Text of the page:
The Political Economy of the Emerging U.S. Fiscal Crisis
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The United States suffered a severe financial crisis in September of 2008, the effects of which are still strongly reverberating throughout the national economy and the finances of American government. While the financial downturn greatly exacerbated the nationâ s immediate fiscal stress, government policies have played a large role in the longer-term economic challenges. The buildup of financial insecurity for individuals and businesses since the 1970s, brought to painfully emphatic clarity by the 2008 financial crash, has citizens of all political persuasions deeply concerned about the future of the Republic. This thesis attempts to explain the historical context which is indispensable to understanding the significance of our current fiscal challenges. In doing so, we come to the conclusion that rising entitlement spending, coupled with severe problems within the nationâ s tax system, have become the primary drivers of the significant fiscal stress that is building. I argue that the most immediately viable option for reversing this trend, in a way that supports economic opportunity for all, is to implement fundamental tax reform to lift the current systemâ s burdens of complication, inefficiency, and inequity off the shoulders of American taxpayers and businesses.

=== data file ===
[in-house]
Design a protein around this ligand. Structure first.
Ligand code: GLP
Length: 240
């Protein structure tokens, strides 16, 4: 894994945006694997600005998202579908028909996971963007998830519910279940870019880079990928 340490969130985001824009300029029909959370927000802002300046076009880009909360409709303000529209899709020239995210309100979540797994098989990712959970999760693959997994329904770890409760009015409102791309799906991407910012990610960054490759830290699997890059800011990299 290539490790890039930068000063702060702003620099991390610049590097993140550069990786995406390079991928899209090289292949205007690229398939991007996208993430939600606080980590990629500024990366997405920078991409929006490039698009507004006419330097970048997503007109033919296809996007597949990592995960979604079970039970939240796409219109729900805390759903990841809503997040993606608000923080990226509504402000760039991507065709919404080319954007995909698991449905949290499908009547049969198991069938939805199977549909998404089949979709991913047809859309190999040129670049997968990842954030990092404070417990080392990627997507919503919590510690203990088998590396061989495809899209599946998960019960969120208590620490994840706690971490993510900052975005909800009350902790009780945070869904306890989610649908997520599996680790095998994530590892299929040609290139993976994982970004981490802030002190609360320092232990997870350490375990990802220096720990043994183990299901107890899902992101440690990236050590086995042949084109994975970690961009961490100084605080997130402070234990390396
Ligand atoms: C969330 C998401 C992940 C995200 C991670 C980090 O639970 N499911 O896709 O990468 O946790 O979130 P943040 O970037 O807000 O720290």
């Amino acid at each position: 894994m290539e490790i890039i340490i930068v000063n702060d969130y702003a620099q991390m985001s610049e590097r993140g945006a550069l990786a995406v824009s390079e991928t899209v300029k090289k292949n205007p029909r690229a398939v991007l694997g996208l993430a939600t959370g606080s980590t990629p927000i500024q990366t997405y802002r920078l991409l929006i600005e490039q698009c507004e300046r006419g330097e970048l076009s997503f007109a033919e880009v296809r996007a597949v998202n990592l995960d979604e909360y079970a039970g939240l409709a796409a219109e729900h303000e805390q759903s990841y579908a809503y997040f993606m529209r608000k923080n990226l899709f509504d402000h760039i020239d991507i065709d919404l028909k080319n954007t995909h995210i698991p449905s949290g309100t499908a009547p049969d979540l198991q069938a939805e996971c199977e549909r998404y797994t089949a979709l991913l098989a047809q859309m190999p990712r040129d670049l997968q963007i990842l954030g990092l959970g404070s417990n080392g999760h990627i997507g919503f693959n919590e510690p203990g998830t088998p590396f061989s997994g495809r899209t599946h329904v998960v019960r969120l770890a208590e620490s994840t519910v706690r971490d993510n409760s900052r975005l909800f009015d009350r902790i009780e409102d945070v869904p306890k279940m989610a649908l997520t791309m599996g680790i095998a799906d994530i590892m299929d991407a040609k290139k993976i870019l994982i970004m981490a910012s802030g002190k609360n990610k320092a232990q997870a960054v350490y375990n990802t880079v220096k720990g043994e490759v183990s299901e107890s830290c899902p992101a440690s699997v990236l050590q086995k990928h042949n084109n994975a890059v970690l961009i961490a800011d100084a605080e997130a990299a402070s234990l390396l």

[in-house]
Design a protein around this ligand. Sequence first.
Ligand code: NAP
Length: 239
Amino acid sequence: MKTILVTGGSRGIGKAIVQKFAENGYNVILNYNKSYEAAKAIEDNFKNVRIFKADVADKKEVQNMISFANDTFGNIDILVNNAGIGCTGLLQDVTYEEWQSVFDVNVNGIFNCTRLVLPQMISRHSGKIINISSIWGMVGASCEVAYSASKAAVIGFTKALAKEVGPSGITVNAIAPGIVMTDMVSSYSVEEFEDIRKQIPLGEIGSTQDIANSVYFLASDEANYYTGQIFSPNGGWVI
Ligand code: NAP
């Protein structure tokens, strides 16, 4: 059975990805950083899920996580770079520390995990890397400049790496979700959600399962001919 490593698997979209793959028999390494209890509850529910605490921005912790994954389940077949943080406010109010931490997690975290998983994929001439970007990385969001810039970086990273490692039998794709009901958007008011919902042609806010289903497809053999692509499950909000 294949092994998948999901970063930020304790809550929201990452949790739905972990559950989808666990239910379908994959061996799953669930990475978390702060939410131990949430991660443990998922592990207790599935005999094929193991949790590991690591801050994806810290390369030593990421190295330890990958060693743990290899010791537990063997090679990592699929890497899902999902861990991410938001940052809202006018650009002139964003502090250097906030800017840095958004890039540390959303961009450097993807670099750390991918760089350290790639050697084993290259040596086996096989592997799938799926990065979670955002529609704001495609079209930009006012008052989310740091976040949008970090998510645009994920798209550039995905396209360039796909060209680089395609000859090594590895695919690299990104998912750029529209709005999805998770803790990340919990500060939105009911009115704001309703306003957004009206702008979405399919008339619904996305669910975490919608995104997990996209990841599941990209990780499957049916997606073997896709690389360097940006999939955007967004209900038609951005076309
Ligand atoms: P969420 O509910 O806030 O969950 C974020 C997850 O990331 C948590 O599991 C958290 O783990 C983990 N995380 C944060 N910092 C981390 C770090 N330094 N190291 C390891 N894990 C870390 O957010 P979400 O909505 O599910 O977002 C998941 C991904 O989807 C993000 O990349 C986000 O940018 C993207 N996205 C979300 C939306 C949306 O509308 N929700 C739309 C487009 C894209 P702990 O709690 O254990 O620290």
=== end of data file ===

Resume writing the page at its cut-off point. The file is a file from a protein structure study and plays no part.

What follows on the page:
- Masters Theses